The Landscape of Local Authority in Sierra Leone : How "Traditional" and "Modern" Justice and Governance Systems Interact | Land Portal

Información del recurso

Date of publication: 
Abril 2014
Resource Language: 
ISBN / Resource ID: 
oai:openknowledge.worldbank.org:10986/18099
Copyright details: 
CC BY 3.0 IGO

The topic of this paper is, in the words
of one reviewer, 'one of the most discussed
sociological and societal issues in African studies: the
relationship between traditional institutions and new
institutions'. Often in such discussions, the
'traditional' and 'modern' are framed as
if in opposition to one another, and debate centers on
whether and to what extent tradition should cede to
modernity, or modernity should yield to the dictates of
traditional norms. In Sierra Leone, much has been said and
written about the abuses of the chieftaincy system and
customary law, including the history of chieftaincy as a
tool for colonial rule, the exploitation of youth labor, the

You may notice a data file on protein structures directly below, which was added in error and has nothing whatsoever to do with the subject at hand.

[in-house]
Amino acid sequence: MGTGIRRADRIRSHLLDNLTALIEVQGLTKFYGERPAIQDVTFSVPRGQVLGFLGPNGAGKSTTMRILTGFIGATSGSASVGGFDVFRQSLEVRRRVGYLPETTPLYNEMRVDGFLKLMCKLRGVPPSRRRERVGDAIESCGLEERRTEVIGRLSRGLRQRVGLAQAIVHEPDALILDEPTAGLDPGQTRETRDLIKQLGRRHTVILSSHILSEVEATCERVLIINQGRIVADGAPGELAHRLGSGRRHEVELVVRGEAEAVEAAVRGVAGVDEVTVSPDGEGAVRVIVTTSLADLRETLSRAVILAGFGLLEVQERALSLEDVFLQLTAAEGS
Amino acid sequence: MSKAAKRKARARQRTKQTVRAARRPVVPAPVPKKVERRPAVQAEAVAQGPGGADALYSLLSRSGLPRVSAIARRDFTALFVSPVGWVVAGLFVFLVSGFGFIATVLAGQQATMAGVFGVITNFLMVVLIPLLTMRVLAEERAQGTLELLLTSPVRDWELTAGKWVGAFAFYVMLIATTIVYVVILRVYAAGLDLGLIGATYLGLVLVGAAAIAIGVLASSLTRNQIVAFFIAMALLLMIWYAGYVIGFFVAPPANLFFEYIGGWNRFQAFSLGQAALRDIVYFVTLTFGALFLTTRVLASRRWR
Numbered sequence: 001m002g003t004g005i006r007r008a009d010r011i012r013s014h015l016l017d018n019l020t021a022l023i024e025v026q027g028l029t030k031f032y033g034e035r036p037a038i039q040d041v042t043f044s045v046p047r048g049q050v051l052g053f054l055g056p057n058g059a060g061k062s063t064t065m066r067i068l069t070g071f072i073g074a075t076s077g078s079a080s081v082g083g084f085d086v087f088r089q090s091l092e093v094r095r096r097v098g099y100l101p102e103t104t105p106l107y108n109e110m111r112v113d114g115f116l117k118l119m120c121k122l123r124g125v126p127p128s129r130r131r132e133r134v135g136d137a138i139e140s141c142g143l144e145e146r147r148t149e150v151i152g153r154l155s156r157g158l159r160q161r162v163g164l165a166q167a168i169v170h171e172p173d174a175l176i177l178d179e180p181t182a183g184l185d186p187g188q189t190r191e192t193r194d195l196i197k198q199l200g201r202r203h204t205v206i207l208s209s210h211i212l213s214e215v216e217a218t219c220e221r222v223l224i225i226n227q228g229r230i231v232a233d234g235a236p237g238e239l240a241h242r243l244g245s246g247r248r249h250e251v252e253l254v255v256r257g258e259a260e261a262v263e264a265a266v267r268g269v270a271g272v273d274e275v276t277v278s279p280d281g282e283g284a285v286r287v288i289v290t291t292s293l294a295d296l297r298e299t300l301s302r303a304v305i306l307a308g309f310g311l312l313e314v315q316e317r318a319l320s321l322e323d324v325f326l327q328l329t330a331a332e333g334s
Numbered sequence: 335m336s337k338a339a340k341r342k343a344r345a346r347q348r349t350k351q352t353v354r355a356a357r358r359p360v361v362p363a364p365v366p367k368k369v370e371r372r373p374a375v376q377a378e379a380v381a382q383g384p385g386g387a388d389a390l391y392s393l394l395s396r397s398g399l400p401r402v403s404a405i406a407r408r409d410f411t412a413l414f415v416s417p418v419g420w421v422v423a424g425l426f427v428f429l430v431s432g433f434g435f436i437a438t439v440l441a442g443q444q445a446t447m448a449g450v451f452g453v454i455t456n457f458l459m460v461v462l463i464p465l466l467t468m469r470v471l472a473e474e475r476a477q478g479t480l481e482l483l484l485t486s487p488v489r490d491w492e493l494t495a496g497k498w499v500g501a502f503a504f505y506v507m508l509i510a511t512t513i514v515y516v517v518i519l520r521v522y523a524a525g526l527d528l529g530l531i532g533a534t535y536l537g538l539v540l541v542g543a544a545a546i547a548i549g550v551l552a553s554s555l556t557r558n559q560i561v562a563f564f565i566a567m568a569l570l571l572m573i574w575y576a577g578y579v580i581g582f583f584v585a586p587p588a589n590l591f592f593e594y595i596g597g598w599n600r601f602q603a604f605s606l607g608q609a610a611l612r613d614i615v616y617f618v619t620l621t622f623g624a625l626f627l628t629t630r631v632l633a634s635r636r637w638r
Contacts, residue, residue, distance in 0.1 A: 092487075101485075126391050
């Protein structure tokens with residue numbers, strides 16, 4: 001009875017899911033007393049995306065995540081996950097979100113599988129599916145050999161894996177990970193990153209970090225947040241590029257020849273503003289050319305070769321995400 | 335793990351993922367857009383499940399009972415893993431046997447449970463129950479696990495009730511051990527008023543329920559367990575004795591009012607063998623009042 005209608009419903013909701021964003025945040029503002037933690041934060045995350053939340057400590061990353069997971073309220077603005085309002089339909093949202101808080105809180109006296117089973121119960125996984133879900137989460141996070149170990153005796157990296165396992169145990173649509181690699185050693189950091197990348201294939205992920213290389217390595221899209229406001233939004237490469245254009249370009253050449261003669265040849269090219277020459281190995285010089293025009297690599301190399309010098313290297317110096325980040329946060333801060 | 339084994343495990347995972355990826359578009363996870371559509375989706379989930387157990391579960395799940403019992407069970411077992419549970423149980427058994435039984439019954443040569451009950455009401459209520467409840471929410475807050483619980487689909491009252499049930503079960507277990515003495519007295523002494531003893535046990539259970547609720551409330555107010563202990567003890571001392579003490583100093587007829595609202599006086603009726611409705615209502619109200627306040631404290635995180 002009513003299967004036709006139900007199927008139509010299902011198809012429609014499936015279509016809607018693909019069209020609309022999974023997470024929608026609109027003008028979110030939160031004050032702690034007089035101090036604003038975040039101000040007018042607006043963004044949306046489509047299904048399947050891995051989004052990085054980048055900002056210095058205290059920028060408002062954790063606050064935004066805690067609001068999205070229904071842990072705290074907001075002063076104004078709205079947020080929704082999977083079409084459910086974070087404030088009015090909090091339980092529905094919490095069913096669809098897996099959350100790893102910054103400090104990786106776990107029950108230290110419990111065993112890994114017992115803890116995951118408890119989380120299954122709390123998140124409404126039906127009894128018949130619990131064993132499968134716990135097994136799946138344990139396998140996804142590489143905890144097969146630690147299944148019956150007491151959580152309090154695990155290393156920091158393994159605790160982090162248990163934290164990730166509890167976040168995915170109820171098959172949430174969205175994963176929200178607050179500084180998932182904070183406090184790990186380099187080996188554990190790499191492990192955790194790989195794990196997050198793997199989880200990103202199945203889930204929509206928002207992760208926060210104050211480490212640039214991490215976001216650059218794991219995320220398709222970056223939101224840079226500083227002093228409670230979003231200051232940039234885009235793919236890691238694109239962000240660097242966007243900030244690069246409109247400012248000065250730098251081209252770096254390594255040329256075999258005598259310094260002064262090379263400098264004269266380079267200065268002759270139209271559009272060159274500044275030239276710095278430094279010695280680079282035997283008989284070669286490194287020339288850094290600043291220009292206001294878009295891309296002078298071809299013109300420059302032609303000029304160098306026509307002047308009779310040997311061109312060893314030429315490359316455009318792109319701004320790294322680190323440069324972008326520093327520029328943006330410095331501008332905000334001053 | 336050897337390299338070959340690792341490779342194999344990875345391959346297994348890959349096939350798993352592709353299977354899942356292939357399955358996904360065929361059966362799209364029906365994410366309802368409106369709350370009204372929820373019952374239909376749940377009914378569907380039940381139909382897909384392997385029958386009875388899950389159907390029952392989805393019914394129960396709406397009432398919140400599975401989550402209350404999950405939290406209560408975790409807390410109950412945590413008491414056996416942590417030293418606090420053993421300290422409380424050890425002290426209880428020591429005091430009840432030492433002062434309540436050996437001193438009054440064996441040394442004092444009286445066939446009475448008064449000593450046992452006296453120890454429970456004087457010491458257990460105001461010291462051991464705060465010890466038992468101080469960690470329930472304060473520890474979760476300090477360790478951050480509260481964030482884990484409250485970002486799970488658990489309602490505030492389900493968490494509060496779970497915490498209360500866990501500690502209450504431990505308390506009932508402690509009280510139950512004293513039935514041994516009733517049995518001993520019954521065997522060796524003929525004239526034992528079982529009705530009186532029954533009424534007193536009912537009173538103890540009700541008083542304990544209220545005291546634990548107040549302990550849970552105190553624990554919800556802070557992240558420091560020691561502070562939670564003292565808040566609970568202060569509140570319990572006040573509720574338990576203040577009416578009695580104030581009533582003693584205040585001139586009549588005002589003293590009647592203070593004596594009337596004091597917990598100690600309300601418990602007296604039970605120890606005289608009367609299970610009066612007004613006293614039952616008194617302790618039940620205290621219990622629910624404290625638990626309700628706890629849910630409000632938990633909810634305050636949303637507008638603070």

exclusion of 'strangers' and young men from weak
lineages from access to land or marriage, the imposition of
harsh and arbitrary fines, and discriminatory practices
against women. Many have argued that abusive and autocratic
practices by traditional authorities helped to fuel the
civil war that ravaged Sierra Leone in the 1990s by driving
aggrieved young men away from their villages and into the
various armed factions, in rebellion against a social system
that trapped them in a rural underclass. On the other hand,
many people see the traditional justice and governance
systems as important mechanisms for maintaining peace and
social order, particularly in rural areas. Some on this side
of the argument see the war as having resulted from a
breakdown in this social order, and make the case for
strengthening the chieftaincy systems to consolidate peace
and promote development today.

Autores y editores

Author(s), editor(s), contributor(s): 

Manning, Ryann Elizabeth

Publisher(s): 

The World Bank is a vital source of financial and technical assistance to developing countries around the world. We are not a bank in the ordinary sense but a unique partnership to reduce poverty and support development.

Proveedor de datos

The World Bank is a vital source of financial and technical assistance to developing countries around the world. We are not a bank in the ordinary sense but a unique partnership to reduce poverty and support development.

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